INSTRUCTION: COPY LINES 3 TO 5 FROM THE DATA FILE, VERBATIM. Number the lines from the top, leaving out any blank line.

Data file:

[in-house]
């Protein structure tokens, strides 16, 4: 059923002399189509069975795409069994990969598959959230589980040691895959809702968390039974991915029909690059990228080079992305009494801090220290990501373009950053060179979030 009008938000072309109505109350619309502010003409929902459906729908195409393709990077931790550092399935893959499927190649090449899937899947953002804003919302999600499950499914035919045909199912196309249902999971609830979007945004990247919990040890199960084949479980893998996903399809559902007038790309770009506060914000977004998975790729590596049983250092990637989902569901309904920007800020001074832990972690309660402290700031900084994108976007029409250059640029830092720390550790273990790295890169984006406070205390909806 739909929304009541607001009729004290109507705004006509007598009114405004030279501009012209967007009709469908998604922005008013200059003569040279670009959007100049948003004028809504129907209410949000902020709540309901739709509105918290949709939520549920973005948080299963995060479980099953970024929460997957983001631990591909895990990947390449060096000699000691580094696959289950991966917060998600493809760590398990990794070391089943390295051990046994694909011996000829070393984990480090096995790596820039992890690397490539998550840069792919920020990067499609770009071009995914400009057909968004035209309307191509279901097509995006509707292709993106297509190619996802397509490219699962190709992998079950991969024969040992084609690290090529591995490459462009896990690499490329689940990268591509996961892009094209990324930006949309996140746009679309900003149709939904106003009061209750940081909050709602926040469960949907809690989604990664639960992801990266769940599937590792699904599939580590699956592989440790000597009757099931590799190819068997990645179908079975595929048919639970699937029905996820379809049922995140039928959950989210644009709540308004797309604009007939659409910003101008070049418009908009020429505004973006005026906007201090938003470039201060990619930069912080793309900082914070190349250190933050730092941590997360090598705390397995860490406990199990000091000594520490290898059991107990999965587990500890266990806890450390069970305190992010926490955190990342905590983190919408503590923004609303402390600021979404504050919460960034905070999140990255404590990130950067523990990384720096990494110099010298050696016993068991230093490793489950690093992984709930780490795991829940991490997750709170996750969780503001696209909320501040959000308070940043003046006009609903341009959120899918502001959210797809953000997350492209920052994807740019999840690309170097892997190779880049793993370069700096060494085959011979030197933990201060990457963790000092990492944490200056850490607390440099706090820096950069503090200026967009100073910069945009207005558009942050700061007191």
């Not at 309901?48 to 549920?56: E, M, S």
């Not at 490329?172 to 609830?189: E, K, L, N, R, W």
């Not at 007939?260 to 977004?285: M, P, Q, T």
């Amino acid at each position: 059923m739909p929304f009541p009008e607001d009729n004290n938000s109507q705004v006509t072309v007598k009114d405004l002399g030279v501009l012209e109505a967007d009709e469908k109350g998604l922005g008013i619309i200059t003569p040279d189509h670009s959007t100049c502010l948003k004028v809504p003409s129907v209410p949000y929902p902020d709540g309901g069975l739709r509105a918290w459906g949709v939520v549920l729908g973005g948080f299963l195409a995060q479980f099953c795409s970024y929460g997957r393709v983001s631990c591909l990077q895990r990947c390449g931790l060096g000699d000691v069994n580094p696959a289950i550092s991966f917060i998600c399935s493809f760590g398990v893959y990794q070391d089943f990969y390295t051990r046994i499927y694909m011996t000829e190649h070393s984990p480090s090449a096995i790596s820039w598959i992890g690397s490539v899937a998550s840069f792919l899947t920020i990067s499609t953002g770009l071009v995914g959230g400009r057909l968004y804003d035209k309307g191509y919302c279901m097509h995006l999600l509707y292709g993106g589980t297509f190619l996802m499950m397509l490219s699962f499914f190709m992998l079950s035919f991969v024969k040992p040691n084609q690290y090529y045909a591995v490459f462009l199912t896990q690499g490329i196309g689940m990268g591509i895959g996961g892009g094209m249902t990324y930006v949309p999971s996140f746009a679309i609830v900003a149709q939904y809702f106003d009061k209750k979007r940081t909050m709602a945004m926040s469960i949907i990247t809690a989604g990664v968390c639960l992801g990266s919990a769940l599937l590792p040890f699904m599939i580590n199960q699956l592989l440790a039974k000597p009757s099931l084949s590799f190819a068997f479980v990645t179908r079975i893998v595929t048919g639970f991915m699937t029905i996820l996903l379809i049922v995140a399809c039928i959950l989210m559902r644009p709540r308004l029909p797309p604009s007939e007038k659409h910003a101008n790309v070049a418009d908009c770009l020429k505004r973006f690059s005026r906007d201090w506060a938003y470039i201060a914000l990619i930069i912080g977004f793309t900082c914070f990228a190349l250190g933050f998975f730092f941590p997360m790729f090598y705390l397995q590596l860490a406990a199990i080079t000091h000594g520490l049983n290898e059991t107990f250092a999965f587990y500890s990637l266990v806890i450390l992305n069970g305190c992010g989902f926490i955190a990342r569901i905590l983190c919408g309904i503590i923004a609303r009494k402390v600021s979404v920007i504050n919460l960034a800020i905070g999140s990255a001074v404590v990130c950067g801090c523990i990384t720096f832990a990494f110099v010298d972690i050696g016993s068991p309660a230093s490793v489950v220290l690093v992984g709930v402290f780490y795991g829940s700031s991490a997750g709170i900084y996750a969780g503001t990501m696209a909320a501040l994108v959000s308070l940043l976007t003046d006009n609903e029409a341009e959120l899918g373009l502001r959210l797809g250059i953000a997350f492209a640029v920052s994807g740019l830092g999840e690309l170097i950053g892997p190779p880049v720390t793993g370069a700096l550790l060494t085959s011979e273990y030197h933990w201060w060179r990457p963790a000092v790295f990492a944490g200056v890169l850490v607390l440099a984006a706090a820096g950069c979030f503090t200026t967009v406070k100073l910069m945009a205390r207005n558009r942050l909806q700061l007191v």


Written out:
């Not at 309901?48 to 549920?56: E, M, S």
């Not at 490329?172 to 609830?189: E, K, L, N, R, W």
């Not at 007939?260 to 977004?285: M, P, Q, T």